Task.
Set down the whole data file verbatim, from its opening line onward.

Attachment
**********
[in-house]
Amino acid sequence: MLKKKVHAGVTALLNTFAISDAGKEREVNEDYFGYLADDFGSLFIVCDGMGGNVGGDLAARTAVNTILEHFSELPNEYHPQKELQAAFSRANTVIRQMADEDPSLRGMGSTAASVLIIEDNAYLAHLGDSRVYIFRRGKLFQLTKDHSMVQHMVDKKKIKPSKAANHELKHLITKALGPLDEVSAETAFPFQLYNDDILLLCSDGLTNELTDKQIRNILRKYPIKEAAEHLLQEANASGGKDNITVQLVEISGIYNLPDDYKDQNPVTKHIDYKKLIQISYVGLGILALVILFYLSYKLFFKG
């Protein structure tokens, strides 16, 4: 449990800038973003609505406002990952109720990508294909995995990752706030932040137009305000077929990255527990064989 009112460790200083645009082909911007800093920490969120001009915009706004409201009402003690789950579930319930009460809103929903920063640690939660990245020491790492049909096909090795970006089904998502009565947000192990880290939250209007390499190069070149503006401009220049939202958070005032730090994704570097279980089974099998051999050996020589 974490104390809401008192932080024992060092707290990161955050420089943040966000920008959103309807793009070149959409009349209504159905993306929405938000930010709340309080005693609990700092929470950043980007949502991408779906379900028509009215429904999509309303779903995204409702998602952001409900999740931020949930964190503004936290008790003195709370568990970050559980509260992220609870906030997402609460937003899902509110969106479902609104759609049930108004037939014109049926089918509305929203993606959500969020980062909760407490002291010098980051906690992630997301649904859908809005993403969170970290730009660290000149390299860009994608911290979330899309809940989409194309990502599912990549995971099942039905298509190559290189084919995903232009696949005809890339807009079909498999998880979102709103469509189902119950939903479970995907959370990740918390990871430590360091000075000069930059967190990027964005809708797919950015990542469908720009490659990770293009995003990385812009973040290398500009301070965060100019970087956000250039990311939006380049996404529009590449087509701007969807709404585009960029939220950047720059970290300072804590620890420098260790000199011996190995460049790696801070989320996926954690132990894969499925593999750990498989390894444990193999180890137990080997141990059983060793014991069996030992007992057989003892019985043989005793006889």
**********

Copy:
[in-house]
Amino acid sequence: MLKKKVHAGVTALLNTFAISDAGKEREVNEDYFGYLADDFGSLFIVCDGMGGNVGGDLAARTAVNTILEHFSELPNEYHPQKELQAAFSRANTVIRQMADEDPSLRGMGSTAASVLIIEDNAYLAHLGDSRVYIFRRGKLFQLTKDHSMVQHMVDKKKIKPSKAANHELKHLITKALGPLDEVSAETAFPFQLYNDDILLLCSDGLTNELTDKQIRNILRKYPIKEAAEHLLQEANASGGKDNITVQLVEISGIYNLPDDYKDQNPVTKHIDYKKLIQISYVGLGILALVILFYLSYKLFFKG
């Protein structure tokens, strides 16, 4: 449990800038973003609505406002990952109720990508294909995995990752706030932040137009305000077929990255527990064989 009112460790200083645009082909911007800093920490969120001009915009706004409201009402003690789950579930319930009460809103929903920063640690939660990245020491790492049909096909090795970006089904998502009565947000192990880290939250209007390499190069070149503006401009220049939202958070005032730090994704570097279980089974099998051999050996020589 974490104390809401008192932080024992060092707290990161955050420089943040966000920008959103309807793009070149959409009349209504159905993306929405938000930010709340309080005693609990700092929470950043980007949502991408779906379900028509009215429904999509309303779903995204409702998602952001409900999740931020949930964190503004936290008790003195709370568990970050559980509260992220609870906030997402609460937003899902509110969106479902609104759609049930108004037939014109049926089918509305929203993606959500969020980062909760407490002291010098980051906690992630997301649904859908809005993403969170970290730009660290000149390299860009994608911290979330899309809940989409194309990502599912990549995971099942039905298509190559290189084919995903232009696949005809890339807009079909498999998880979102709103469509189902119950939903479970995907959370990740918390990871430590360091000075000069930059967190990027964005809708797919950015990542469908720009490659990770293009995003990385812009973040290398500009301070965060100019970087956000250039990311939006380049996404529009590449087509701007969807709404585009960029939220950047720059970290300072804590620890420098260790000199011996190995460049790696801070989320996926954690132990894969499925593999750990498989390894444990193999180890137990080997141990059983060793014991069996030992007992057989003892019985043989005793006889």